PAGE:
Over the last half-year or so, I’ve been on something of a folklore kick. I’m not certain why folk tales appeal to me–perhaps it has been spurred by memories of my British grandmother telling me off-color stories that she remembered from her childhood (none of which I will repeat here).
To continue, some of the appeal would also have to be that they can be quickly read. Believe it or not, us library types are just as often pressed for time and don’t feel like reading a tome. But this is not to say that folk tales lack any depth, despite their being relegated to the realm of children’s stories (at least in our modern culture). But let’s leave any further analysis for the obnoxious literary theorist inside of me that I’ve been trying to suppress since finishing my masters. Folk tales are just entertaining and a great way of understanding people from around the world.
My current read (among others) is: Russian Folk-Tales retold by James Riordan. I’m reading the tale of Vassilisa, who is sent by her evil stepsisters to fetch firewood from Baba Yaga. Sounds like an easy task, right? One major problem– Baba Yaga is an old hag who flies around in a mortar and whose house is fenced by row upon row of the skulls of her victims (Warning: not every folk tale is safe for the children). The good news, though, is that evil is never victorious–well, most of the time.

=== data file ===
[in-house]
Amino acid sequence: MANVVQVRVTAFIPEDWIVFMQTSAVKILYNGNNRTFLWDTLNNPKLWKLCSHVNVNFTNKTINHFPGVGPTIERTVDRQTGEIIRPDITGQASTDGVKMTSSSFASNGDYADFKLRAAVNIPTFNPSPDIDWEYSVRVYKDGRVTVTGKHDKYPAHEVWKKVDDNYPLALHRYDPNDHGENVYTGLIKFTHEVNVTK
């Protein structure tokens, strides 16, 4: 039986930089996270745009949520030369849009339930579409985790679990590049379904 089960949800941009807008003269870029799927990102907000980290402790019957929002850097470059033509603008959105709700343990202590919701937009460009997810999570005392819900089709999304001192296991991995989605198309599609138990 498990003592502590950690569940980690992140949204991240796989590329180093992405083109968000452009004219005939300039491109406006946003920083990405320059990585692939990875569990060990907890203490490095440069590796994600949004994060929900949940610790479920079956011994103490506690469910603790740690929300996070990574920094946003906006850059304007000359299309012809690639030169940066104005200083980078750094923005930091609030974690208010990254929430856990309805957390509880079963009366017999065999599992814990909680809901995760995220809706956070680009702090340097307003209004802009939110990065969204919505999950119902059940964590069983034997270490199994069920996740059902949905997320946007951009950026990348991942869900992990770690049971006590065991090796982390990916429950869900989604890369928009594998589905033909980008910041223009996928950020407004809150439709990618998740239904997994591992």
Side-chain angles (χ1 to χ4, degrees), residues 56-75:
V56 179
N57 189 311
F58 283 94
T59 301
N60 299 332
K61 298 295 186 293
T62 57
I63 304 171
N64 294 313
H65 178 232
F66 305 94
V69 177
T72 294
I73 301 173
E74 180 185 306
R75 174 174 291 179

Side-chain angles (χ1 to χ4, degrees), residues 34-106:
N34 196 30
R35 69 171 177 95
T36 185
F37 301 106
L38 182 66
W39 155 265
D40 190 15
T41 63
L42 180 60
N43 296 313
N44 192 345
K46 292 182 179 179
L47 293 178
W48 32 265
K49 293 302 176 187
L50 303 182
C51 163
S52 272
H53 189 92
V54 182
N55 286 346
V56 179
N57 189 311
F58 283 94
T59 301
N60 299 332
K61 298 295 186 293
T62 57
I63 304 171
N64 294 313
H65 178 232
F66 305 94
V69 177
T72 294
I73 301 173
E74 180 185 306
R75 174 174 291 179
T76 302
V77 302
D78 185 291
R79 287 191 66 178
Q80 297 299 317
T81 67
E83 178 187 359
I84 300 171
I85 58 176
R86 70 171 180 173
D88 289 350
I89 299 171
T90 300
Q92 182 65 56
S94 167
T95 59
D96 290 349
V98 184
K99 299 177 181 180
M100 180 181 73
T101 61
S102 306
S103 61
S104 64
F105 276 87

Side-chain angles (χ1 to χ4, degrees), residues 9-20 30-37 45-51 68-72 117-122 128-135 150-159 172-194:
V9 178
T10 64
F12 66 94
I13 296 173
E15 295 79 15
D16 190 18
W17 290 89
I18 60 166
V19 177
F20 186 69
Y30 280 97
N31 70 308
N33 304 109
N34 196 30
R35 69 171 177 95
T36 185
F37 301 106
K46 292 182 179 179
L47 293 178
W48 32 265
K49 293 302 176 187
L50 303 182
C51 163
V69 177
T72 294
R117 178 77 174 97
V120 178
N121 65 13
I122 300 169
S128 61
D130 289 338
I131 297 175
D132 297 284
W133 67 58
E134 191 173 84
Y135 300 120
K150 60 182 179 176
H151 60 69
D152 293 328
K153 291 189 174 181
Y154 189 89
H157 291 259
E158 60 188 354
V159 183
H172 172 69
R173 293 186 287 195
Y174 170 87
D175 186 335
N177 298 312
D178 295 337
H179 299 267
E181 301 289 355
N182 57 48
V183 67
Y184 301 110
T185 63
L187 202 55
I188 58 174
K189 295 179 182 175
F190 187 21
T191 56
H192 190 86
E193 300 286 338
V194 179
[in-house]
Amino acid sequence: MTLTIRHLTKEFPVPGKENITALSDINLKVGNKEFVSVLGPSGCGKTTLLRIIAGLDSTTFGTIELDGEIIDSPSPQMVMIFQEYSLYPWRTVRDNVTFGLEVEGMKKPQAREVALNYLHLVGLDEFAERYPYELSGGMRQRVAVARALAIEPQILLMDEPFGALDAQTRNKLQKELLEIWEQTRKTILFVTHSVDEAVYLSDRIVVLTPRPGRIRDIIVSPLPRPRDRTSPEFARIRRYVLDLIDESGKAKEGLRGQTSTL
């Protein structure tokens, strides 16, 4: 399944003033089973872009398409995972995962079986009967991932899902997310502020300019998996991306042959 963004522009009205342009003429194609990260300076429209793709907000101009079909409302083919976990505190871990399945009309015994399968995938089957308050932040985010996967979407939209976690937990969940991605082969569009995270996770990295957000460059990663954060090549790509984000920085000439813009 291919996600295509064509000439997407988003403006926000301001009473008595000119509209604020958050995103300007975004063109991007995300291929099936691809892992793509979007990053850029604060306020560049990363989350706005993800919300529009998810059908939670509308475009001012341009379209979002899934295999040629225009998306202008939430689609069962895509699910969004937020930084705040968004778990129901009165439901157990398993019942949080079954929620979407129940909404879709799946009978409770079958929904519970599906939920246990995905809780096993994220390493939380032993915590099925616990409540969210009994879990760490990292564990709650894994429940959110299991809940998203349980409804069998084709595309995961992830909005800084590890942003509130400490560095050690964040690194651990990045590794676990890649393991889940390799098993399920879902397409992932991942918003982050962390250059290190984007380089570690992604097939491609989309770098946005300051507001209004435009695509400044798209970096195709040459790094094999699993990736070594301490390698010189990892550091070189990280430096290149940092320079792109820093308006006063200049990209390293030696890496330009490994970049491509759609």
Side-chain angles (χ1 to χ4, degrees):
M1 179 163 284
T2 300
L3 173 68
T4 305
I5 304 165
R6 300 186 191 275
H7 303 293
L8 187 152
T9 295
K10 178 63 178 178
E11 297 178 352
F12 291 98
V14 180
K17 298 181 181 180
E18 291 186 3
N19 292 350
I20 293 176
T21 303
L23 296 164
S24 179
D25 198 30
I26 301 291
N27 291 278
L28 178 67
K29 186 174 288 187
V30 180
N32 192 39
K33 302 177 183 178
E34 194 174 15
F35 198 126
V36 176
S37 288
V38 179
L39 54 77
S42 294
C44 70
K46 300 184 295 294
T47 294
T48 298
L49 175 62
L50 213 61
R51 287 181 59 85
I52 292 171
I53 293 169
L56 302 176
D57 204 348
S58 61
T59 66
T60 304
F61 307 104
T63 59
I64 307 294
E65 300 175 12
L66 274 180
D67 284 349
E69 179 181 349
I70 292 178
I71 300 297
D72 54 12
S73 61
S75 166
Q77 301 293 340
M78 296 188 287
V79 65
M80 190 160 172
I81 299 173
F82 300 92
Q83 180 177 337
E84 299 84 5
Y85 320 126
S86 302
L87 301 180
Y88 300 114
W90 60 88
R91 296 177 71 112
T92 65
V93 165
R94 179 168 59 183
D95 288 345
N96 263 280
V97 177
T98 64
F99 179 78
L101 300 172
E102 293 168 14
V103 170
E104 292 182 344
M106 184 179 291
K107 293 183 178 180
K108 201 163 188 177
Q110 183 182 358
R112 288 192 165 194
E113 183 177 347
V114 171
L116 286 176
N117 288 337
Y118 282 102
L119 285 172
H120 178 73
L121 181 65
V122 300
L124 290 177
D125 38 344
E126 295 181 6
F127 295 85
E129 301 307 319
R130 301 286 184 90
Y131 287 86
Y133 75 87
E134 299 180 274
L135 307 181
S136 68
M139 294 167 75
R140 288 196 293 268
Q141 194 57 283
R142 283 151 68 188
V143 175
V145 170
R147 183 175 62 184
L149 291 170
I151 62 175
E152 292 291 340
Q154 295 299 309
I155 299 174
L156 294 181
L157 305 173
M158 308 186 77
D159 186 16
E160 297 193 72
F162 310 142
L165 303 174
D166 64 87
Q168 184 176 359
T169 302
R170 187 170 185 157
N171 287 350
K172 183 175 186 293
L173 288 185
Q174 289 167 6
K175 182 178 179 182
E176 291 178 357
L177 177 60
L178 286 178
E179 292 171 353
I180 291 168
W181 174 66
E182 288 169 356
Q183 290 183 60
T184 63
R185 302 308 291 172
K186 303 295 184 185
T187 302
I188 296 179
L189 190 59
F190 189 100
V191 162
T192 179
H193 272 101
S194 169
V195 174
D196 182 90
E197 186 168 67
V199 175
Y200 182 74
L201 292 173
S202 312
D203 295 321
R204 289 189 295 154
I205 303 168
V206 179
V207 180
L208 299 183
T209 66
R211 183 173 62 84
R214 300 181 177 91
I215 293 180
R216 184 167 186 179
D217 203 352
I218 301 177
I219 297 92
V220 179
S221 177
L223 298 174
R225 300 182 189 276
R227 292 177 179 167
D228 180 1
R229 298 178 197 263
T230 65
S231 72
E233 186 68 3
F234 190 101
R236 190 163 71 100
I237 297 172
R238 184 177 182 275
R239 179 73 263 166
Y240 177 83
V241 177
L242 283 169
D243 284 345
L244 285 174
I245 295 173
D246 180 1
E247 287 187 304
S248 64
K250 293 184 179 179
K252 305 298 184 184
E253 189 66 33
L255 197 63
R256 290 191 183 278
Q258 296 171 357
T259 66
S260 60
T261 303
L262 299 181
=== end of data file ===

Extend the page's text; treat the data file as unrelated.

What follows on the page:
Here are a few other books that I’ve read:
Latin American Folktales: Stories from the Hispanic and Indian Traditions- Particularly interesting are the Inca legends about their kings.
Russian Gypsy Tales- Amongst other things, explains why you shouldn’t try to summon the Queen of Spades at midnight.
Folk-Tales of the British Isles- Includes the tale of “Tom Tit Tot,” an inspiration for Rumpelstiltskin.
The Complete Grimm’s Fairy Tales- As opposed to the Disney version of Cinderella, the evil stepsisters get their eyes plucked out by birds as punishment. They don’t call it Grimm for nothin’.